Magazine article Filmmaker


Magazine article Filmmaker


Article excerpt

Bruce LaBruce

finds zombies among today's reality TV-crazed teens in his latest film, Otto; or Up with Dead People.

If you are talking about a filmmaker who tackles sociopolitical topics and taboos in a sensationalistic style with good ol' gay sex, then you might be speaking of Bruce LaBruce. With roots in zines, photography and every film format ever created, LaBruce has established a style that is slick yet defiandy lo-fi. In LaBruce's sixth feature film Otto; or Up with Dead People, Otto is a disaffected gay teenager who gets bit by a zombie. A wanna-be revolutionary casts him in her politically laced zombie film, only to start a documentary about Otto. LaBruce attaches the zombie genre to today's MySpace reality-TV world, obsessed with documenting moments instead of experiencing them; except with enough sex, gore and humor to make you sit up in your seat. Strand Releasing opens the film in November.

It seems like every famous filmmaker from Lumiere to Kubrick wanted porn in their art. You've been one of the few to pull it off in more than one film with actual stories and acting with real sex. What is your motivating factor for this combination? It's true. You know I interviewed the great Joseph Stefano a while back on the set of Gus Van Sant's Psycho remake - Mr. Stefano wrote the original Psycho screenplay and produced The Outer Limits on TV - and he told me he and his colleagues always talked about wanting to make porn in the '70s. I think it's just a natural thing because graphic sex is a natural part of most people's lives. It almost seems odd that it's elided from mainstream film. I just saw I Am Legend, and I was thinking, "If I made that film, the main character would definitely be watching porn and having sex with a blow-up doll, if not the dog!" But then again that movie was totally ideologically reactionary because the Will Smith character was supposed to be so pure and righteous that even when he's the last man on Earth he clings to monogamy and fidelity, not to mention Christianity. Don't get me started. For me, like Godard said, the sexual is political, and I've always used explicit sex to make certain political statements about gay representation, about defining and transgressing taboos, about issues of homosexual identity and difference, etc. But having said that, I'm still not in favor of the mainstreaming of pornography. Like Jane Fonda says in Klute, "inhibitions are always nice because they're so nice to overcome."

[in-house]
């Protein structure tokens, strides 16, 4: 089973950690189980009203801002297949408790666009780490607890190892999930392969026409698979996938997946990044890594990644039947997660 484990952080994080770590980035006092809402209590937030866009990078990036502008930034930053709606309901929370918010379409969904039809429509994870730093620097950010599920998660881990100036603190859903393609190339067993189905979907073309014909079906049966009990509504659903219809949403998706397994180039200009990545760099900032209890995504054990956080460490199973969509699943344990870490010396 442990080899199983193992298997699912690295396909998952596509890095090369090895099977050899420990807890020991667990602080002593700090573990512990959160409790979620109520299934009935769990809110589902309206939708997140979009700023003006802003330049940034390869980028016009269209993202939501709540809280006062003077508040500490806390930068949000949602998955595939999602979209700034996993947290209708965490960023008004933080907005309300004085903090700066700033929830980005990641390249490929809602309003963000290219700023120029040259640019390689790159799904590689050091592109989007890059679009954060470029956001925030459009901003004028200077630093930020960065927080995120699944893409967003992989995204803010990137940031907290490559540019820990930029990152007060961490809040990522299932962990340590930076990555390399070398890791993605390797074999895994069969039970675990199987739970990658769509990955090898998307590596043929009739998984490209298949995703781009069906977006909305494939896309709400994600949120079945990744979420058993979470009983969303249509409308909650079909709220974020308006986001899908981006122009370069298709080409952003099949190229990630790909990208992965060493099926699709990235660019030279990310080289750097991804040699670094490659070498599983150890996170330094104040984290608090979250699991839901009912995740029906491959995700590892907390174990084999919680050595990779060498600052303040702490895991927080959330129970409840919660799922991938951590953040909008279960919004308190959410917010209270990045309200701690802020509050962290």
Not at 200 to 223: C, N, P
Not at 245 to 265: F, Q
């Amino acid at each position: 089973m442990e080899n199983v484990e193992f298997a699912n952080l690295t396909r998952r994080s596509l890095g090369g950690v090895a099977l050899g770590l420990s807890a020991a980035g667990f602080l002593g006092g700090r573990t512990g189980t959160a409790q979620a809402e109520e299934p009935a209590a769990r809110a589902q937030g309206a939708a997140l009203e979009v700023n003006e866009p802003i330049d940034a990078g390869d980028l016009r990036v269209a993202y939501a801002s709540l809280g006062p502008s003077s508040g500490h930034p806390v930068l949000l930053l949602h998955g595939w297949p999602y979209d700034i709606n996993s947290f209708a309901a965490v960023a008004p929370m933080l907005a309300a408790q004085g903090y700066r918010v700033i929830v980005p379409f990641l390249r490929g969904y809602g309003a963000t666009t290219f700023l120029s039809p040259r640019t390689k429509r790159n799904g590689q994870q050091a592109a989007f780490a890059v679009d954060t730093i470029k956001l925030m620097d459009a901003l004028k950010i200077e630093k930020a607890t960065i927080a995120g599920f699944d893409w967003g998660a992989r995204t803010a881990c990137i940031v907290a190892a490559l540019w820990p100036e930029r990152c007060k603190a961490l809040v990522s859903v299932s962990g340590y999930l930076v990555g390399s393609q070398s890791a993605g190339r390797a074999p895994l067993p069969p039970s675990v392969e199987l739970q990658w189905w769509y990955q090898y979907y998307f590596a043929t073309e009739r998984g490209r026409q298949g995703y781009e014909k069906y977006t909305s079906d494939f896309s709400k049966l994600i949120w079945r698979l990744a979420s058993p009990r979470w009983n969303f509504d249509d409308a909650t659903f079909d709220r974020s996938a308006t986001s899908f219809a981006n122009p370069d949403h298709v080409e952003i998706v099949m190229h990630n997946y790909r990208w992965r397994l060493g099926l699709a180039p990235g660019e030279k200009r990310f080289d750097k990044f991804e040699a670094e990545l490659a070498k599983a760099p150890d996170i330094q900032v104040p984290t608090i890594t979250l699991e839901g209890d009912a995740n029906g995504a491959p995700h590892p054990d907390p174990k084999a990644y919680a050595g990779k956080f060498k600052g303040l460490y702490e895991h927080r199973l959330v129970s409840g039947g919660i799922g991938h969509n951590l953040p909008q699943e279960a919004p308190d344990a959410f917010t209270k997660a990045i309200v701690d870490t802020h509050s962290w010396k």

Is the Internet ruining that? The lure of finding dirty magazines in dumpsters is so lost now. The Internet is an amazing playground where you can find any kind of pornography that your imagination desires. I've even seen some zombie porn on the net, which I predict will become huge in the next few years. As I demonstrate in Otto, you can create your own orifice in a rotting zombie body. It's so convenient! Kids are so lucky these days. When I was a teenager, all I had access to was my brother's hidden copies of Naked Lunch and The Happy Hooker. Actually, maybe that wasn't so bad.

Are famous actors wrong to be scared of real sex in their films? Are distributors scared for no reason? You can see anything on the Internet. I think it's a sign of the times that it does make a difference. There were famous instances in the '70s - Donald Sutherland and Julie Christie in Don't Look Now; Sarah Miles and Kris Kristofferson in The Sailor Who Fell from Grace with the Sea - where stars performed extremely graphic sex scenes, albeit without penetration being shown, which is the line that separates softcore from hardcore, and it didn't negatively affect their careers. Today I think it would. I mean, actors are still afraid to define publicly their sexuality as bisexual, never mind gay, out of the fear of limiting their careers. Despite the outward appearance of sexual permissiveness in our culture, there is a new overriding Puritanism that even extends to a resurgence of homophobia and antifeminist sentiments. …

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